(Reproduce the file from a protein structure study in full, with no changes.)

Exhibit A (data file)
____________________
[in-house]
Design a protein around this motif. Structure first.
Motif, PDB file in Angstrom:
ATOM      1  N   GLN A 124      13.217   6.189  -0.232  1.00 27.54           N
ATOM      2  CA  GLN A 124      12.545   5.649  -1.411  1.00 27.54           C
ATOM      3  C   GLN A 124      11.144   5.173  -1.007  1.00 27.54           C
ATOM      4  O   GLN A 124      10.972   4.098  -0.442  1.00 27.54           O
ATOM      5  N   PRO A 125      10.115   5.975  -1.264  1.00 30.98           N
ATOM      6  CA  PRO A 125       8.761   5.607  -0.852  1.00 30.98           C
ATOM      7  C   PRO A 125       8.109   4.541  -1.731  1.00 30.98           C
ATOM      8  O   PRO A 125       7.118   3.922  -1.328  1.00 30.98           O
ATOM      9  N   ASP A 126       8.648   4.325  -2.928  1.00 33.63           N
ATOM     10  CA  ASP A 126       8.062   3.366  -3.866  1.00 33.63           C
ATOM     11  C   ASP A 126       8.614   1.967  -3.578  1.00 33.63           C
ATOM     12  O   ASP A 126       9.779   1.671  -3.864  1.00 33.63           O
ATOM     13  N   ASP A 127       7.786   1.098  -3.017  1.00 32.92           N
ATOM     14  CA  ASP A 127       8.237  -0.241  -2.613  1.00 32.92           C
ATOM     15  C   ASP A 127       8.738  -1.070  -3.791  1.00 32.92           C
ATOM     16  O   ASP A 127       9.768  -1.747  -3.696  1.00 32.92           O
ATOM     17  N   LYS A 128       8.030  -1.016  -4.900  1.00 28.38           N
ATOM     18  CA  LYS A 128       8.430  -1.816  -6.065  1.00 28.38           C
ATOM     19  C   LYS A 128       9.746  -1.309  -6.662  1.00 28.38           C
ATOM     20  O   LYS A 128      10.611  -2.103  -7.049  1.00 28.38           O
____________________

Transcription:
[in-house]
Design a protein around this motif. Structure first.
Motif, PDB file in Angstrom:
ATOM      1  N   GLN A 124      13.217   6.189  -0.232  1.00 27.54           N
ATOM      2  CA  GLN A 124      12.545   5.649  -1.411  1.00 27.54           C
ATOM      3  C   GLN A 124      11.144   5.173  -1.007  1.00 27.54           C
ATOM      4  O   GLN A 124      10.972   4.098  -0.442  1.00 27.54           O
ATOM      5  N   PRO A 125      10.115   5.975  -1.264  1.00 30.98           N
ATOM      6  CA  PRO A 125       8.761   5.607  -0.852  1.00 30.98           C
ATOM      7  C   PRO A 125       8.109   4.541  -1.731  1.00 30.98           C
ATOM      8  O   PRO A 125       7.118   3.922  -1.328  1.00 30.98           O
ATOM      9  N   ASP A 126       8.648   4.325  -2.928  1.00 33.63           N
ATOM     10  CA  ASP A 126       8.062   3.366  -3.866  1.00 33.63           C
ATOM     11  C   ASP A 126       8.614   1.967  -3.578  1.00 33.63           C
ATOM     12  O   ASP A 126       9.779   1.671  -3.864  1.00 33.63           O
ATOM     13  N   ASP A 127       7.786   1.098  -3.017  1.00 32.92           N
ATOM     14  CA  ASP A 127       8.237  -0.241  -2.613  1.00 32.92           C
ATOM     15  C   ASP A 127       8.738  -1.070  -3.791  1.00 32.92           C
ATOM     16  O   ASP A 127       9.768  -1.747  -3.696  1.00 32.92           O
ATOM     17  N   LYS A 128       8.030  -1.016  -4.900  1.00 28.38           N
ATOM     18  CA  LYS A 128       8.430  -1.816  -6.065  1.00 28.38           C
ATOM     19  C   LYS A 128       9.746  -1.309  -6.662  1.00 28.38           C
ATOM     20  O   LYS A 128      10.611  -2.103  -7.049  1.00 28.38           O